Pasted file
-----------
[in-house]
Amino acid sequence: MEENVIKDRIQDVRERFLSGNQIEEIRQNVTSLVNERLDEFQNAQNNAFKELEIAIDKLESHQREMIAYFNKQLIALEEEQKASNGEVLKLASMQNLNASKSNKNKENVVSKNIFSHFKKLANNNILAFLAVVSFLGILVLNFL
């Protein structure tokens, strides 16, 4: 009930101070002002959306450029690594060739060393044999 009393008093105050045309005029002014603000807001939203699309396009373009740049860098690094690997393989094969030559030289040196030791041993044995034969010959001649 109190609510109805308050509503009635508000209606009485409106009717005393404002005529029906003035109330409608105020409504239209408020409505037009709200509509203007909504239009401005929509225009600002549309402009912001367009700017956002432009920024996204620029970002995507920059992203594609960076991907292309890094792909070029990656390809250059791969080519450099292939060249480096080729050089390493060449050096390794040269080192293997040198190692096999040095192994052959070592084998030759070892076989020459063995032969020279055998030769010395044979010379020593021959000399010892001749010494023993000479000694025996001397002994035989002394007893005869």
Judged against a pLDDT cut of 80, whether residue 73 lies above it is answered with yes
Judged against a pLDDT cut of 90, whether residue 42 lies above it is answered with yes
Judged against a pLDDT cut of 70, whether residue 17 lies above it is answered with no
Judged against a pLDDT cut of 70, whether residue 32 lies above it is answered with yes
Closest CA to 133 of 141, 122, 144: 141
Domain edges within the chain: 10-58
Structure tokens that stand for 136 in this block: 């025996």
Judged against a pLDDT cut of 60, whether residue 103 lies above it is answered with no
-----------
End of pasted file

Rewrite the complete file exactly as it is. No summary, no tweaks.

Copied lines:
[in-house]
Amino acid sequence: MEENVIKDRIQDVRERFLSGNQIEEIRQNVTSLVNERLDEFQNAQNNAFKELEIAIDKLESHQREMIAYFNKQLIALEEEQKASNGEVLKLASMQNLNASKSNKNKENVVSKNIFSHFKKLANNNILAFLAVVSFLGILVLNFL
């Protein structure tokens, strides 16, 4: 009930101070002002959306450029690594060739060393044999 009393008093105050045309005029002014603000807001939203699309396009373009740049860098690094690997393989094969030559030289040196030791041993044995034969010959001649 109190609510109805308050509503009635508000209606009485409106009717005393404002005529029906003035109330409608105020409504239209408020409505037009709200509509203007909504239009401005929509225009600002549309402009912001367009700017956002432009920024996204620029970002995507920059992203594609960076991907292309890094792909070029990656390809250059791969080519450099292939060249480096080729050089390493060449050096390794040269080192293997040198190692096999040095192994052959070592084998030759070892076989020459063995032969020279055998030769010395044979010379020593021959000399010892001749010494023993000479000694025996001397002994035989002394007893005869």
Judged against a pLDDT cut of 80, whether residue 73 lies above it is answered with yes
Judged against a pLDDT cut of 90, whether residue 42 lies above it is answered with yes
Judged against a pLDDT cut of 70, whether residue 17 lies above it is answered with no
Judged against a pLDDT cut of 70, whether residue 32 lies above it is answered with yes
Closest CA to 133 of 141, 122, 144: 141
Domain edges within the chain: 10-58
Structure tokens that stand for 136 in this block: 């025996």
Judged against a pLDDT cut of 60, whether residue 103 lies above it is answered with no